Speed Box | Plyometric Training

Speed Box | Plyometric Training

Published by Trevor Theismann on 10th Jan 2022

Plyometric Training Drills | Speed Box

Athletes will often worry about their squat max, bench press, and how much weight they can curl. The problem with this is athletes need foot speed, core strength, and agility to perform better at their sport. The speed box is a great plyometric training drill that will help increase foot speed no matter what sport the athlete plays. This plyometric exercise focuses on reaction time, balance, and hip flexor strength.

Drills For Speed | Plyometric Training

Speed box drills can be completed by athletes of all ages. Be sure that the box chosen it is not too high. The athlete should be able to naturally lift his or her legs to the top of the box and back to the ground with ease. Do not choose too short of a box because athletes will not feel the benefits in their hip flexors. When training to run faster athletes must choose drills where their knees have to be lifted. Leg drive is very important when it comes to foot speed and sprint speed. This is why the speed box can be very effective in giving results.

Technique | Plyometric Speed Box

After the correct plyometric box has been chosen it is time for the athlete to approach the box. Athletes must not be too far from the box. A distance to great will cause their legs to be straightened when they touch the top of the box. Each athlete must be close enough to the box so that when they lift their knee they will still be slightly bent. This will train the body to have a more powerful leg drive. As one foot touches the top of the box the athlete should maintain his or her center and quickly switch legs. The key to this drill is being as fast as possible with each touch. Athletes should not let their chest lean back out of their center and lose balance, nor should they let their head move forward past their front toe. Work to maintain a center of balance and use a good arm swing.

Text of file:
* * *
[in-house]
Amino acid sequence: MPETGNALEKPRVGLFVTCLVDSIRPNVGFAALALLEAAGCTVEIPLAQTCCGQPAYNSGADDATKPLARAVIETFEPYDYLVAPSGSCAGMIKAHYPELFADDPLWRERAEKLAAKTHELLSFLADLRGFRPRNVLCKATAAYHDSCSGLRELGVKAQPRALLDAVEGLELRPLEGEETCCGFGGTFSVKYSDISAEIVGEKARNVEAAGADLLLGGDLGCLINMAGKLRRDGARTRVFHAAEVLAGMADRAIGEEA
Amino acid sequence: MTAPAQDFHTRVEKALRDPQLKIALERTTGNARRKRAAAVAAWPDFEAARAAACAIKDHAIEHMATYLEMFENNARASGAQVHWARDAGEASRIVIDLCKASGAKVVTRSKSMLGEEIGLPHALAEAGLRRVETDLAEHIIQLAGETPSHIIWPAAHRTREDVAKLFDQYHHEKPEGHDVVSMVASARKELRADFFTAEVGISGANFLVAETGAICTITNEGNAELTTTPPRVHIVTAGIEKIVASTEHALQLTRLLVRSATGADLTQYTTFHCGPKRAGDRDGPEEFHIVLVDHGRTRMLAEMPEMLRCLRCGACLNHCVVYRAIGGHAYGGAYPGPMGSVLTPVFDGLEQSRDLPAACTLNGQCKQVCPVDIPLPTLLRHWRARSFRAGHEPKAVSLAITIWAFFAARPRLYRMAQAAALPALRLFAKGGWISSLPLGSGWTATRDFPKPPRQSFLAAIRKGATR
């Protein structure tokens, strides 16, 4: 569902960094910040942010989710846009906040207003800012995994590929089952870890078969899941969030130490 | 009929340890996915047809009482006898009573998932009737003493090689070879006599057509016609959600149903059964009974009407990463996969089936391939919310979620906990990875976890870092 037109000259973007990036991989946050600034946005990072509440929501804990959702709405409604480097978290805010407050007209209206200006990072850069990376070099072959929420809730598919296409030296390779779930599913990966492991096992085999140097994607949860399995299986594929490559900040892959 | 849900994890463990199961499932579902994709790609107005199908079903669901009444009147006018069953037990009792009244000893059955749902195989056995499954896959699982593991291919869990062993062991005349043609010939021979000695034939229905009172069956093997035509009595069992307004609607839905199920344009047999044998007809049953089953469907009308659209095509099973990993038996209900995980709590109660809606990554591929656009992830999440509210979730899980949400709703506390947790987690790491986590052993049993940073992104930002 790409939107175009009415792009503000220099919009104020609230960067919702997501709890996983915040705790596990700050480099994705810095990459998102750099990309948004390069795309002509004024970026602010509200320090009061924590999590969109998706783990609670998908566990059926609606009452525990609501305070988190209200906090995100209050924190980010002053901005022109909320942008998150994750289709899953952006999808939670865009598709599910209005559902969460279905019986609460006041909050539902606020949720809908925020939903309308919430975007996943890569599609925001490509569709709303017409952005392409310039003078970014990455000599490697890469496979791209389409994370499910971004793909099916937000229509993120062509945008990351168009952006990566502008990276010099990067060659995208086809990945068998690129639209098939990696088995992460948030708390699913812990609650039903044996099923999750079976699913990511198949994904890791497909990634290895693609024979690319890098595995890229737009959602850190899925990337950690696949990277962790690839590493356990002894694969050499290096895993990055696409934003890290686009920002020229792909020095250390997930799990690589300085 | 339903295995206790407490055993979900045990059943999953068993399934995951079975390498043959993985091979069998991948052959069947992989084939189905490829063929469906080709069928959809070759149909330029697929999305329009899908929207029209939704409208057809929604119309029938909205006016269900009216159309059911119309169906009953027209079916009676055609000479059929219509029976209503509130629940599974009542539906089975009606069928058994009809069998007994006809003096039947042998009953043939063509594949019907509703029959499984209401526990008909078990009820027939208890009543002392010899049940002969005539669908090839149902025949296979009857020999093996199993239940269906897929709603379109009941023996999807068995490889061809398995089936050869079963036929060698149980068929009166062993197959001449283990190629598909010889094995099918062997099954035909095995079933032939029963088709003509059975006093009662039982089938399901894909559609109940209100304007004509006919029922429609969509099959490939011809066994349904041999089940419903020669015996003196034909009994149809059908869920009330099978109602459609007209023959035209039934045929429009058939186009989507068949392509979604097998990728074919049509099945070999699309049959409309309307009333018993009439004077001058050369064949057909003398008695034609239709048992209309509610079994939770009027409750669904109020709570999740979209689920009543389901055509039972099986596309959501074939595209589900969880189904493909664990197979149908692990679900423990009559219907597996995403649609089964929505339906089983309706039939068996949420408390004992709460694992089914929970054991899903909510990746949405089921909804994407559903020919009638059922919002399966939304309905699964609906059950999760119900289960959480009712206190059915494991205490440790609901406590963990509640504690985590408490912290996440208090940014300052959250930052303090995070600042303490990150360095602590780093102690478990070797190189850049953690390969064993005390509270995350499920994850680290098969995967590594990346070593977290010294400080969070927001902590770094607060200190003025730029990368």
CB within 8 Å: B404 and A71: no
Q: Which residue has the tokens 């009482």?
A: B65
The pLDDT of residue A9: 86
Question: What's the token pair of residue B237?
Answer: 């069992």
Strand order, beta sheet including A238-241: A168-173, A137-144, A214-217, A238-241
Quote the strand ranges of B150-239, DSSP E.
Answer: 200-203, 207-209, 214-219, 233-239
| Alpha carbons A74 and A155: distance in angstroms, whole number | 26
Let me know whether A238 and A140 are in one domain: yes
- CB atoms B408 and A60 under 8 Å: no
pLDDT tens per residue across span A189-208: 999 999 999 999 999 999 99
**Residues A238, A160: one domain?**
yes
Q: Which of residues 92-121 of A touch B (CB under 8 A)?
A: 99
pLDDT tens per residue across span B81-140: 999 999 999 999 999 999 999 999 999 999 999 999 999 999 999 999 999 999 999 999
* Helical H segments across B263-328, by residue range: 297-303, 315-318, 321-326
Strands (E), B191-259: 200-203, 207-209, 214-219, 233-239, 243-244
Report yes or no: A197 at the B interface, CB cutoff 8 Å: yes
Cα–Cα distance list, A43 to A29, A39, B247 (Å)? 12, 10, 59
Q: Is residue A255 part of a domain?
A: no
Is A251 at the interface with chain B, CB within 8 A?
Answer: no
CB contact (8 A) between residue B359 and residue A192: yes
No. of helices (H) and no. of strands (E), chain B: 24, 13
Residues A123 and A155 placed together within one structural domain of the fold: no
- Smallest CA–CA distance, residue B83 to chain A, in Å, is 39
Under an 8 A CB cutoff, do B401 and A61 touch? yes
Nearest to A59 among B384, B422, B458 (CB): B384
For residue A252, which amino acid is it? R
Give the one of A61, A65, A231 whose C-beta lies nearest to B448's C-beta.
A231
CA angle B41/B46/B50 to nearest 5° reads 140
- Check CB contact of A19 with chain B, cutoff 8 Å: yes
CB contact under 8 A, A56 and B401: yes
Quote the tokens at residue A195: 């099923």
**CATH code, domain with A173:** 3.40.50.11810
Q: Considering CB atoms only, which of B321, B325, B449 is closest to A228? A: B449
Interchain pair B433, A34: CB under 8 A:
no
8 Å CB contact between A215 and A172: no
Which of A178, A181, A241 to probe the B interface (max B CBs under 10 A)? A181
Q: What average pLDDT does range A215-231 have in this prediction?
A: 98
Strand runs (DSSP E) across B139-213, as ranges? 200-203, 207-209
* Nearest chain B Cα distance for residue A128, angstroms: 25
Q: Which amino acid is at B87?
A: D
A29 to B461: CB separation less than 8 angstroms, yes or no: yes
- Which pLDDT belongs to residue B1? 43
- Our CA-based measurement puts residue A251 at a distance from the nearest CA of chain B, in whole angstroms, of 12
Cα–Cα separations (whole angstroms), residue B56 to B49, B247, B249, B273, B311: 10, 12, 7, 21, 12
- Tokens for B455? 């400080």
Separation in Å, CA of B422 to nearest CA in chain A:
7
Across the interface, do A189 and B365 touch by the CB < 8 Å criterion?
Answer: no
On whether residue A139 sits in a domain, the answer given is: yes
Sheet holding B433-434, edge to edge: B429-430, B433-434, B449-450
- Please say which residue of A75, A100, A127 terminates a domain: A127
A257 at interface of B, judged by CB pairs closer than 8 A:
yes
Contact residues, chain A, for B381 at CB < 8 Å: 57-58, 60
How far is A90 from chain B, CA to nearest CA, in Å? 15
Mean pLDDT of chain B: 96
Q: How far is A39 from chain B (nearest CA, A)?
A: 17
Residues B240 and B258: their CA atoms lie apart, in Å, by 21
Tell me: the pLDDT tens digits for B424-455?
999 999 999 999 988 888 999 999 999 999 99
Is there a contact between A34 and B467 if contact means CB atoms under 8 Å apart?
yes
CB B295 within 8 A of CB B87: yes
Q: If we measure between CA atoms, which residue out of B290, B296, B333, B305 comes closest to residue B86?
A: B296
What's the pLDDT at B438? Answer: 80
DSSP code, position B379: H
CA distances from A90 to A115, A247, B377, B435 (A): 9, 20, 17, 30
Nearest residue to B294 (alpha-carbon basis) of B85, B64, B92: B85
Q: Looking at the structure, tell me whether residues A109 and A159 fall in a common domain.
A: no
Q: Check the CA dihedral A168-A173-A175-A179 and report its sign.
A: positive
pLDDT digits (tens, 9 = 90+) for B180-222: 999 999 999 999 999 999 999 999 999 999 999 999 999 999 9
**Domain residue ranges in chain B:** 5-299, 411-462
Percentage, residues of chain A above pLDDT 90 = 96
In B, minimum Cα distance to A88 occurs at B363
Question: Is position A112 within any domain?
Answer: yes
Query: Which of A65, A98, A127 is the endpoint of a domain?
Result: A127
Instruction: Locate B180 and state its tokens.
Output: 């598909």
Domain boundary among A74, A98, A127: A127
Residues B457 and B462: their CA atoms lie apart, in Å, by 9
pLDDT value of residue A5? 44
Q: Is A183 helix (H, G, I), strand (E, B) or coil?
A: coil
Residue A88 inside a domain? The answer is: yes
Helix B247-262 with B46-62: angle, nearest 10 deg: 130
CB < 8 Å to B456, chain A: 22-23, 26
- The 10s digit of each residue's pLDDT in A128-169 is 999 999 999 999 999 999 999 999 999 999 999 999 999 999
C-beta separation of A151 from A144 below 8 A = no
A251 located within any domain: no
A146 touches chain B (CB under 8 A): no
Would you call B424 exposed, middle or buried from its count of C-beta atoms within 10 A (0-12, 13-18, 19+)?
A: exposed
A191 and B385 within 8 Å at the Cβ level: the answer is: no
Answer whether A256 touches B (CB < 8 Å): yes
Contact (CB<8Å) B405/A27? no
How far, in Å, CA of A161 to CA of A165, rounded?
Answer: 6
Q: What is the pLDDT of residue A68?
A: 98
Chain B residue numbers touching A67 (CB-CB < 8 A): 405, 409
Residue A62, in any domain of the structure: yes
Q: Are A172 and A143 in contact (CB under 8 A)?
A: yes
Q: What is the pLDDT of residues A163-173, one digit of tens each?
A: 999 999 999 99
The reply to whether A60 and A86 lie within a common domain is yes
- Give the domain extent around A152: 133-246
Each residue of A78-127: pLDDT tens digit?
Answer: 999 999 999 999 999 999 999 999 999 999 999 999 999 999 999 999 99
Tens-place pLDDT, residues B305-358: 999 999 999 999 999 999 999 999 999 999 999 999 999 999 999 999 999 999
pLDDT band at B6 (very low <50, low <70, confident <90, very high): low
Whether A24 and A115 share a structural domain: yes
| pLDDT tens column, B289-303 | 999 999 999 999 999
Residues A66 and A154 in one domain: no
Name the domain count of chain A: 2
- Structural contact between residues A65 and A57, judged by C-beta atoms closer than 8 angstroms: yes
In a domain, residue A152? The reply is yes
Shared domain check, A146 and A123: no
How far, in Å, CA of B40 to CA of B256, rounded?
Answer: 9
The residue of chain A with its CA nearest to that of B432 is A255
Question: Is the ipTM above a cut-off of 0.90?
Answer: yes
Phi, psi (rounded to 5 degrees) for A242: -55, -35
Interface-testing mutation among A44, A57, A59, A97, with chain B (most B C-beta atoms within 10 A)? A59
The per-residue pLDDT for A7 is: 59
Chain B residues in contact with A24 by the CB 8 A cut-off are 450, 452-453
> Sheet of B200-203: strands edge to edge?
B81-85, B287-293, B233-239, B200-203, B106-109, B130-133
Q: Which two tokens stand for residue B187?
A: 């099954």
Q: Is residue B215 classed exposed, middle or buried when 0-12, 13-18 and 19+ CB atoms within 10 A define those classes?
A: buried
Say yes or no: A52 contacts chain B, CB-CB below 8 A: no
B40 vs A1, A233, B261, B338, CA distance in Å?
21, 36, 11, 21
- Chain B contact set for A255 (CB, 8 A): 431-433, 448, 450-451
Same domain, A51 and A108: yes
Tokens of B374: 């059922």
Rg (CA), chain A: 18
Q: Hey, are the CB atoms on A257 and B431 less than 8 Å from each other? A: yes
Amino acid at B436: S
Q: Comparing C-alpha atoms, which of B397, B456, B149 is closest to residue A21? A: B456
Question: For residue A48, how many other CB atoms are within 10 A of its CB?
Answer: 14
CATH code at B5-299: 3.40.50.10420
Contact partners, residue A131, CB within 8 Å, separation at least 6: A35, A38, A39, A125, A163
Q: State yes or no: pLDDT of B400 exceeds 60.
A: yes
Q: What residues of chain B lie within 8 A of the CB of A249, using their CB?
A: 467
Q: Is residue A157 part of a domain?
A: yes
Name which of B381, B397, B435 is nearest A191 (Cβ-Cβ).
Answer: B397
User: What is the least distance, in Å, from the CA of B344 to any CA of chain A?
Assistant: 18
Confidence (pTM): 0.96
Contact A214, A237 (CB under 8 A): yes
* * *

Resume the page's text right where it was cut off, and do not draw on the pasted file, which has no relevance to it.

Arm Swing Technique | Running Form

One of the biggest problems with athletes is their arms swing. It is a very easy problem to fix it just takes time and practice. It is important to be conscious of the arm swing because it plays a major role in sprint speed. Any wasted movements from side-to-side or straightening the arms will only make athletes slower. When thinking of a perfect arm swing the athlete must make an L in their arm. Maintaining that 90° angle through full range of motion will make athletes faster. That is of course if they do not have a correct arm swing to begin with. The arm should move from front to back with no side-to-side movements. Hands should never go above eye level and should break the plane of the body when moving backwards. Faster arms equal faster feet. Athletes must work on their arm swing to maximize their potential.

Kbands | Leg Resistance Bands For More Speed

Athletes using Kbands will notice a tremendous difference in the way they feel. The leg resistance bands add restriction to every movement while still maintaining full range of motion. This resistance will increase hip flexor, quad, hamstring, and core muscles with no change in technique. Athletes can move through advanced level plyometric exercises with no restriction, only added benefit from the resistance. Completing sets resisted followed by un-resisted sets will give athletes an added bonus due to muscle recruitment. Similar to a bench press, weight that is too heavy is hard for the 1st rep, but with a spotter, a lifter can get through the tough reps and then complete an 8 to 10 rep set. The reason for this is muscle recruitment. The athlete recruited more muscle fibers with the help of a spotter and then can truly overload the muscle and enhance strength gains with the additional reps. Kbands mimic this same concept but for the legs, hips, and core.

Optimize Your Training | Reps & Sets

The speed box should be done in short intervals. When using the leg resistance bands it is important to begin with a resisted set followed by un-resisted set. This will optimize the muscle recruitment concept. Complete one resisted set with a duration of 10 to 12 seconds immediately followed by an 8 to 10 second un-resisted set. Next take about a minute and a half break and repeat the superset 3 to 4 times. The plyometric speed box must be completed at 100% intensity. Training at half speed will provide minimal results.

Increase Speed In 5 Weeks

In just 5 weeks you can improve your speed, agility, vertical, and overall body control. Trevor Theismann has put together a five-week program that will give you results fast. Athletes around the world are improving their performance. Move through advanced level jump training, dynamic sprint work, and functional core stability training to improve your athletic abilities. Get started today and get to the next level.

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